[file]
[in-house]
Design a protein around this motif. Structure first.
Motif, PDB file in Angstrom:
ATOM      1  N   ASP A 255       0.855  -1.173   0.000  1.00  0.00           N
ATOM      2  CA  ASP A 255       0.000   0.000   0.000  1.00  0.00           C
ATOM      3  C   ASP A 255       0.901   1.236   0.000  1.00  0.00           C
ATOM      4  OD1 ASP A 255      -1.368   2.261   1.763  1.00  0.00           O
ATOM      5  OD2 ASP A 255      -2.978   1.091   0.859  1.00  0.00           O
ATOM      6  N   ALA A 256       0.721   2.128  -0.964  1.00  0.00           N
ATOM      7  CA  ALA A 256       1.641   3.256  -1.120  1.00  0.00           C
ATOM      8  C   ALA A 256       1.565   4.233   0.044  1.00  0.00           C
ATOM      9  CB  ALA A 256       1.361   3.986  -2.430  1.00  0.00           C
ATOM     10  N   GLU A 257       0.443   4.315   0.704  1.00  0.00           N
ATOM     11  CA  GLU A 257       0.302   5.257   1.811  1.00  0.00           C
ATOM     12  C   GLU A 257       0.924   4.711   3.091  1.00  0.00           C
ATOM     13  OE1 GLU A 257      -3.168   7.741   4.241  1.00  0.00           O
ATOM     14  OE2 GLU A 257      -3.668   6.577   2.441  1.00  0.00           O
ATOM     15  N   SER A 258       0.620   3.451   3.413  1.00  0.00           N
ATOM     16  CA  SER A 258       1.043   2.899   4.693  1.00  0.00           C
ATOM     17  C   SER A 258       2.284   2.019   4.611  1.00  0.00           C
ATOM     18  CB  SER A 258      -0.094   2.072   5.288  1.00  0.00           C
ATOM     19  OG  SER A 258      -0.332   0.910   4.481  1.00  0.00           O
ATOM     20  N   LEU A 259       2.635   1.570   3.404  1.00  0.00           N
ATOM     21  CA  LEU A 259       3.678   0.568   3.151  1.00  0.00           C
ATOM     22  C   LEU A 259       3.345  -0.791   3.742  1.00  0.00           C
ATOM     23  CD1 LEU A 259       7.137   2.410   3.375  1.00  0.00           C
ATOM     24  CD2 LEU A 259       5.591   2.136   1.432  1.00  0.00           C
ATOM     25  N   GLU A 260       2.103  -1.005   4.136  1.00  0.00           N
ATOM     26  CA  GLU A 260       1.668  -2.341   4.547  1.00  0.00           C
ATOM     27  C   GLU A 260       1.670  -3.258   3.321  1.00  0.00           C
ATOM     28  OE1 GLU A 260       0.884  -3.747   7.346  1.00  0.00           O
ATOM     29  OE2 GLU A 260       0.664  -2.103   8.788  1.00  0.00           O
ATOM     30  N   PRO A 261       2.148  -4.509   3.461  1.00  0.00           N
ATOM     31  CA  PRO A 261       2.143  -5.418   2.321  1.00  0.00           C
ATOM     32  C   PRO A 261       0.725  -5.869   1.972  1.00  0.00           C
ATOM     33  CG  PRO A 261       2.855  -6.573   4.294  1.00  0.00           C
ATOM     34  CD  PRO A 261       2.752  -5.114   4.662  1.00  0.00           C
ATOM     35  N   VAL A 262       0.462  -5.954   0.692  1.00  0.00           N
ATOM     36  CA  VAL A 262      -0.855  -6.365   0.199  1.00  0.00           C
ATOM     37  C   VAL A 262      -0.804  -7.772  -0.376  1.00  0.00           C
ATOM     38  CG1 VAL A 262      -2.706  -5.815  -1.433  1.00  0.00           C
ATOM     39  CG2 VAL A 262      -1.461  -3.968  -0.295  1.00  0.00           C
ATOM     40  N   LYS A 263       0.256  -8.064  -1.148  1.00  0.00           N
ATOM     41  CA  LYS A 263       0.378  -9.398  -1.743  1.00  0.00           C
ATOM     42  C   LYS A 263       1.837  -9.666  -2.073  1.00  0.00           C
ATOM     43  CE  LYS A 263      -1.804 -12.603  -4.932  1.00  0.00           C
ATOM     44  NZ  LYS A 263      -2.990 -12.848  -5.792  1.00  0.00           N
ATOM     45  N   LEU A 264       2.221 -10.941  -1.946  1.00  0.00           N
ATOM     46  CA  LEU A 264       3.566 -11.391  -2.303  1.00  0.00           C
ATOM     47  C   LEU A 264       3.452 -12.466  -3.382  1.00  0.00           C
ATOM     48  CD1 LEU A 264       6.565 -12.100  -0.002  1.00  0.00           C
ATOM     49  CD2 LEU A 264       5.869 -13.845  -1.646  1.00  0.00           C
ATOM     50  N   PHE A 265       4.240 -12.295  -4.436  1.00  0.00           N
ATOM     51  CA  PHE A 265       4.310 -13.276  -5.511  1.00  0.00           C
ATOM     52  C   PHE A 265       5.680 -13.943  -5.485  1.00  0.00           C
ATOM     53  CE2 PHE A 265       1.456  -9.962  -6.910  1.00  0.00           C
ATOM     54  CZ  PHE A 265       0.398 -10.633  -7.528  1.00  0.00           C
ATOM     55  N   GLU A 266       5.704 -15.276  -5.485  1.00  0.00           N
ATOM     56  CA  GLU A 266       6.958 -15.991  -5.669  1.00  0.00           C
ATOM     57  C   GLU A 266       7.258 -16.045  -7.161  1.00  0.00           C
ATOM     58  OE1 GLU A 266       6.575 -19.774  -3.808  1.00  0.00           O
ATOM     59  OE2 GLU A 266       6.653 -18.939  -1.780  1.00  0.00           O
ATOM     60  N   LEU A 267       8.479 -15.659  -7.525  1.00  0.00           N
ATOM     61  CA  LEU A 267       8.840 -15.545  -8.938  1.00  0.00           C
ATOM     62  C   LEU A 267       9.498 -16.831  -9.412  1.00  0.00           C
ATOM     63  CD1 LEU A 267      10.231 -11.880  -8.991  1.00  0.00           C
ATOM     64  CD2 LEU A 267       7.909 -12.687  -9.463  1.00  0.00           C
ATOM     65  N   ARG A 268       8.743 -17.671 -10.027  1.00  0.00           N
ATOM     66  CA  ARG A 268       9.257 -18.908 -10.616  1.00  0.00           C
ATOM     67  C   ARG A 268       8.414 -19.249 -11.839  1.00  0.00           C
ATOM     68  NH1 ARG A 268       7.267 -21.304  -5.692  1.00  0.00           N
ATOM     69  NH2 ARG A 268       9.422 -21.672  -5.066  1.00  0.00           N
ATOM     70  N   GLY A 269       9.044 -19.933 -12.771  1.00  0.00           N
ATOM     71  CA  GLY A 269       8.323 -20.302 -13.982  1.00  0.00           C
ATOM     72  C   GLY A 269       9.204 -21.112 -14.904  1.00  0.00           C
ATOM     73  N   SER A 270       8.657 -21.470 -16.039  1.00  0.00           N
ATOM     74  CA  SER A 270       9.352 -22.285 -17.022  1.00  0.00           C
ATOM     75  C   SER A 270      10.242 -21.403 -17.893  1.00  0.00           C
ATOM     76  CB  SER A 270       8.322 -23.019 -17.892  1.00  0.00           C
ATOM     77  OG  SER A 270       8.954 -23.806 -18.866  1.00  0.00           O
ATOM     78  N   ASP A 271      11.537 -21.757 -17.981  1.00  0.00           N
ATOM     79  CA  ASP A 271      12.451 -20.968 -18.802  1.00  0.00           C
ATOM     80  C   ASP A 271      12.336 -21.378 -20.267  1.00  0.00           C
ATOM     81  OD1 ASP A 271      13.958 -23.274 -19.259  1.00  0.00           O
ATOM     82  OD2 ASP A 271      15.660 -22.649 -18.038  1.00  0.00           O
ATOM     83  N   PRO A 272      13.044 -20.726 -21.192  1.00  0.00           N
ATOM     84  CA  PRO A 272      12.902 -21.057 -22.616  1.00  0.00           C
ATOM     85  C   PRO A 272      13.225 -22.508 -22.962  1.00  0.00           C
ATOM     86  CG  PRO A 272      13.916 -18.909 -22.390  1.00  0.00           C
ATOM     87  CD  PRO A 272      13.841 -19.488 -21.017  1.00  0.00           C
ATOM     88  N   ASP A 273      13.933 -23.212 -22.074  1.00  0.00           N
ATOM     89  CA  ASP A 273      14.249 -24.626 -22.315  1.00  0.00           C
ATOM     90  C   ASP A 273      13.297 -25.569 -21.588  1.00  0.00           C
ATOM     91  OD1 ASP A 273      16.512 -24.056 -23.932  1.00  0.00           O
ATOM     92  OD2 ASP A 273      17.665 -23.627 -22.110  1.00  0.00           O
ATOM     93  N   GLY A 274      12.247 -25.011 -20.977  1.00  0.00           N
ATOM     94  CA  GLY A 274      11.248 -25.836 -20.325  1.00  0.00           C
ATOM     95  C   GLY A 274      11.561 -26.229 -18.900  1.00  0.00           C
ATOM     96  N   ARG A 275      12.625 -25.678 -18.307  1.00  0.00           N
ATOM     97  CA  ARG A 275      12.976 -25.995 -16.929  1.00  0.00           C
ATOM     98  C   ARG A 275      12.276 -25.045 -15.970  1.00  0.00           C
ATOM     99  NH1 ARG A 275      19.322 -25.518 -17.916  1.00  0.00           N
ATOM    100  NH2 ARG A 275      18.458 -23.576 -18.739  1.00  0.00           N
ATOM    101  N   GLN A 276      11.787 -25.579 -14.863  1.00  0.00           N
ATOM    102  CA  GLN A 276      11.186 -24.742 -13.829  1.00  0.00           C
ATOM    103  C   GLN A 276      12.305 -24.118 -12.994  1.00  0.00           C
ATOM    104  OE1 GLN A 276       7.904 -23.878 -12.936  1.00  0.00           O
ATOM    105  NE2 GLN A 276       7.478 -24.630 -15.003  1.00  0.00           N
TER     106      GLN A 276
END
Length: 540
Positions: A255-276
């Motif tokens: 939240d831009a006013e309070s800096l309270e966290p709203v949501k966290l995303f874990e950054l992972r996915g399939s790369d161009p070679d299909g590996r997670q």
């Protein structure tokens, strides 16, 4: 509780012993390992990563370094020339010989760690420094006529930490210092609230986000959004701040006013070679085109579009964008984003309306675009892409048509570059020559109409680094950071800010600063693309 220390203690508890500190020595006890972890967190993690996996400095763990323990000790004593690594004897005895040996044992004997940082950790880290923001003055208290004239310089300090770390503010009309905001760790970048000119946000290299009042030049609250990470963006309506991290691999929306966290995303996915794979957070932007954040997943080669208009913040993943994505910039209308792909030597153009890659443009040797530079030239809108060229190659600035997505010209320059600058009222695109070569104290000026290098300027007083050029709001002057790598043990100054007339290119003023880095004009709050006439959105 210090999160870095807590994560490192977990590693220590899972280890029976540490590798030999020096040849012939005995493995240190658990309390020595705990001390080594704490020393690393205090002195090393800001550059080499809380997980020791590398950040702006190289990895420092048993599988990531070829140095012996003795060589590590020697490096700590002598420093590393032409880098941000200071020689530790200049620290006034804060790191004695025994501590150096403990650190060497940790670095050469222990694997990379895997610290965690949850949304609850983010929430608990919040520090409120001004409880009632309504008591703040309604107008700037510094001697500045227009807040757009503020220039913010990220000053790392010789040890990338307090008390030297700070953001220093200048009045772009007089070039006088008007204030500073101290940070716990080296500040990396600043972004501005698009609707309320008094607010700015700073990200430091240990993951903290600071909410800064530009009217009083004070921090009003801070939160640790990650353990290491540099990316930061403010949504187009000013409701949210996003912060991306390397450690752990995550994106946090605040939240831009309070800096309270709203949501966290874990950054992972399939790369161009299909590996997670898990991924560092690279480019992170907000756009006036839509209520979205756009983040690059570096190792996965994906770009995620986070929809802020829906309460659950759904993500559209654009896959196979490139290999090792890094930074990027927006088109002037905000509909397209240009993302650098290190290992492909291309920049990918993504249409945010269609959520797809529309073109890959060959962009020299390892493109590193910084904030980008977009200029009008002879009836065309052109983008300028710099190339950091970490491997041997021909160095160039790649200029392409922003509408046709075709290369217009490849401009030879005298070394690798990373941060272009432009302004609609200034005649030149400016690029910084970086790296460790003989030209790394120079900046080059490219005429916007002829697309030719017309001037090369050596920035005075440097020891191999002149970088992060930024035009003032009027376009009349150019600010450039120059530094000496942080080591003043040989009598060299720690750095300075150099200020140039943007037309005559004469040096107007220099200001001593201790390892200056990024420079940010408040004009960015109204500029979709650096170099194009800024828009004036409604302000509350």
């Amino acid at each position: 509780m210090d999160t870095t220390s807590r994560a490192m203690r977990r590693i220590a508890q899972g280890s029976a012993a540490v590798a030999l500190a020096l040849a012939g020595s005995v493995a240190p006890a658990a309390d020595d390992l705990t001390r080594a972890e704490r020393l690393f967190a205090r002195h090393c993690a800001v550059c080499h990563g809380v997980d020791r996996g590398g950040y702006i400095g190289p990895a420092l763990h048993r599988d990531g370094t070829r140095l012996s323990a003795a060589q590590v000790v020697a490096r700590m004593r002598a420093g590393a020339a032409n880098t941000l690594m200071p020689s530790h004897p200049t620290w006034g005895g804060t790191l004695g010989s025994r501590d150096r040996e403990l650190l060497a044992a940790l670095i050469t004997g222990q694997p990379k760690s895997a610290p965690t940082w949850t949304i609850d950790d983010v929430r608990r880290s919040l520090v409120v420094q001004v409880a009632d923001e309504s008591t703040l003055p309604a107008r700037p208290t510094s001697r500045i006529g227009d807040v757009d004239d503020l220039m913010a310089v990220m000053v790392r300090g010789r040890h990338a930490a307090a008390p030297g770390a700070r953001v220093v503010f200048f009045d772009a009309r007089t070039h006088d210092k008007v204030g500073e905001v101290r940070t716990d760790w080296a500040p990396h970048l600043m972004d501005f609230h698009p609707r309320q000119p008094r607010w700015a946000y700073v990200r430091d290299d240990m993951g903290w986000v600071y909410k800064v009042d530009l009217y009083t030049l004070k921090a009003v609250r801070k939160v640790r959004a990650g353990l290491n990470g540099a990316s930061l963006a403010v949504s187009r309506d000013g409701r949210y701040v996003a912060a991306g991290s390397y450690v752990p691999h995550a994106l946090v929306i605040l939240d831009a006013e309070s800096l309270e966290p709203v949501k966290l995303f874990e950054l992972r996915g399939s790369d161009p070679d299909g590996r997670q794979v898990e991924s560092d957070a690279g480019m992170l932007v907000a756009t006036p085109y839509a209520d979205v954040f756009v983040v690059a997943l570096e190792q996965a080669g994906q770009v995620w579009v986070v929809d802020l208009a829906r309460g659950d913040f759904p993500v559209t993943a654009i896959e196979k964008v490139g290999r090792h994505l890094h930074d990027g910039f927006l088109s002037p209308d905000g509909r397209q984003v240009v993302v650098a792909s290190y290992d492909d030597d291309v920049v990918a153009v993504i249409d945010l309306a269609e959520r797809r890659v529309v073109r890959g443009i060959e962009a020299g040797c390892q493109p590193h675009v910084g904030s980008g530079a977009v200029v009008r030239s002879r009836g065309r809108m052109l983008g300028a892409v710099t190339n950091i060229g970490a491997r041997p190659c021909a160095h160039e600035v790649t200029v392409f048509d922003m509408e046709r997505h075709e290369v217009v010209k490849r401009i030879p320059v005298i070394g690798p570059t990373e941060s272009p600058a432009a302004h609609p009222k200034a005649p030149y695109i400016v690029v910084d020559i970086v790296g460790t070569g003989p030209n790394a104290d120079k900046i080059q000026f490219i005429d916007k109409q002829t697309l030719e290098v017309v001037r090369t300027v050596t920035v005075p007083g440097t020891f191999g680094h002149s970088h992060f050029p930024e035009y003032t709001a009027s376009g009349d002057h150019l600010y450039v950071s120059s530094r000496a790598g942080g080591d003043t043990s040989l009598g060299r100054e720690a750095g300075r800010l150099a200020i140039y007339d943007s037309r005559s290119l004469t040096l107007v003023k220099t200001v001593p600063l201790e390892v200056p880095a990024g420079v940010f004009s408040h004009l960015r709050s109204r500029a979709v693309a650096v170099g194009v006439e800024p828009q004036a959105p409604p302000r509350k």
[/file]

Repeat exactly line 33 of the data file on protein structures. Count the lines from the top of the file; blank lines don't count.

ATOM     30  N   PRO A 261       2.148  -4.509   3.461  1.00  0.00           N